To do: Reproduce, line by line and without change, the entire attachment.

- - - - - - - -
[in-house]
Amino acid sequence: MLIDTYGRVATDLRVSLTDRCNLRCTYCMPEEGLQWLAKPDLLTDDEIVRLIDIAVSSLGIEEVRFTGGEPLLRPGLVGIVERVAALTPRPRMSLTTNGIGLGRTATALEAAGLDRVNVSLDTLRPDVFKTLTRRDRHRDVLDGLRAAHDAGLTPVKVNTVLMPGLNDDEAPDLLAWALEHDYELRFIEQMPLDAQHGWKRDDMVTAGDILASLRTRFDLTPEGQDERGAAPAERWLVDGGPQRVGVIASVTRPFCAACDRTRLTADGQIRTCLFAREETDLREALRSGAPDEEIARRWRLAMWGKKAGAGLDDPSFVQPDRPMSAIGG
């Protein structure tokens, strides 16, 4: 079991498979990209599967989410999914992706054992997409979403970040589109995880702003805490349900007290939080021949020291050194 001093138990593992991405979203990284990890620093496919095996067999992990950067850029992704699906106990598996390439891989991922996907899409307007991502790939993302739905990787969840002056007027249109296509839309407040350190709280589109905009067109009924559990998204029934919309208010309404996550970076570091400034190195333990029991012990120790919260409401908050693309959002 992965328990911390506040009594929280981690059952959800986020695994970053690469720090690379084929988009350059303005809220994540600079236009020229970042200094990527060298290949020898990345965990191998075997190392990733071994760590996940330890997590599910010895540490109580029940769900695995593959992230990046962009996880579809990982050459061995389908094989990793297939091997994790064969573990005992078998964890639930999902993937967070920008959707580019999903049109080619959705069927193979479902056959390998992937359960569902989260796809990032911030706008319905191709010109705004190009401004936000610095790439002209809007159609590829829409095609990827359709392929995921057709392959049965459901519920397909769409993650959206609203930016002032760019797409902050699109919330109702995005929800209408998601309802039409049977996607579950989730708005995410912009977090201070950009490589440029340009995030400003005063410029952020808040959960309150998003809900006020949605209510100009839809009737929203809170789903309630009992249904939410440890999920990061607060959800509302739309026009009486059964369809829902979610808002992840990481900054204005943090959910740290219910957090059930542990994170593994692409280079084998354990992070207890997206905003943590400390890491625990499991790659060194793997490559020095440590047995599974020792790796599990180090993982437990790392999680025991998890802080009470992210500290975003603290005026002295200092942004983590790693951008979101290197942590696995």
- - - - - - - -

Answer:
[in-house]
Amino acid sequence: MLIDTYGRVATDLRVSLTDRCNLRCTYCMPEEGLQWLAKPDLLTDDEIVRLIDIAVSSLGIEEVRFTGGEPLLRPGLVGIVERVAALTPRPRMSLTTNGIGLGRTATALEAAGLDRVNVSLDTLRPDVFKTLTRRDRHRDVLDGLRAAHDAGLTPVKVNTVLMPGLNDDEAPDLLAWALEHDYELRFIEQMPLDAQHGWKRDDMVTAGDILASLRTRFDLTPEGQDERGAAPAERWLVDGGPQRVGVIASVTRPFCAACDRTRLTADGQIRTCLFAREETDLREALRSGAPDEEIARRWRLAMWGKKAGAGLDDPSFVQPDRPMSAIGG
């Protein structure tokens, strides 16, 4: 079991498979990209599967989410999914992706054992997409979403970040589109995880702003805490349900007290939080021949020291050194 001093138990593992991405979203990284990890620093496919095996067999992990950067850029992704699906106990598996390439891989991922996907899409307007991502790939993302739905990787969840002056007027249109296509839309407040350190709280589109905009067109009924559990998204029934919309208010309404996550970076570091400034190195333990029991012990120790919260409401908050693309959002 992965328990911390506040009594929280981690059952959800986020695994970053690469720090690379084929988009350059303005809220994540600079236009020229970042200094990527060298290949020898990345965990191998075997190392990733071994760590996940330890997590599910010895540490109580029940769900695995593959992230990046962009996880579809990982050459061995389908094989990793297939091997994790064969573990005992078998964890639930999902993937967070920008959707580019999903049109080619959705069927193979479902056959390998992937359960569902989260796809990032911030706008319905191709010109705004190009401004936000610095790439002209809007159609590829829409095609990827359709392929995921057709392959049965459901519920397909769409993650959206609203930016002032760019797409902050699109919330109702995005929800209408998601309802039409049977996607579950989730708005995410912009977090201070950009490589440029340009995030400003005063410029952020808040959960309150998003809900006020949605209510100009839809009737929203809170789903309630009992249904939410440890999920990061607060959800509302739309026009009486059964369809829902979610808002992840990481900054204005943090959910740290219910957090059930542990994170593994692409280079084998354990992070207890997206905003943590400390890491625990499991790659060194793997490559020095440590047995599974020792790796599990180090993982437990790392999680025991998890802080009470992210500290975003603290005026002295200092942004983590790693951008979101290197942590696995």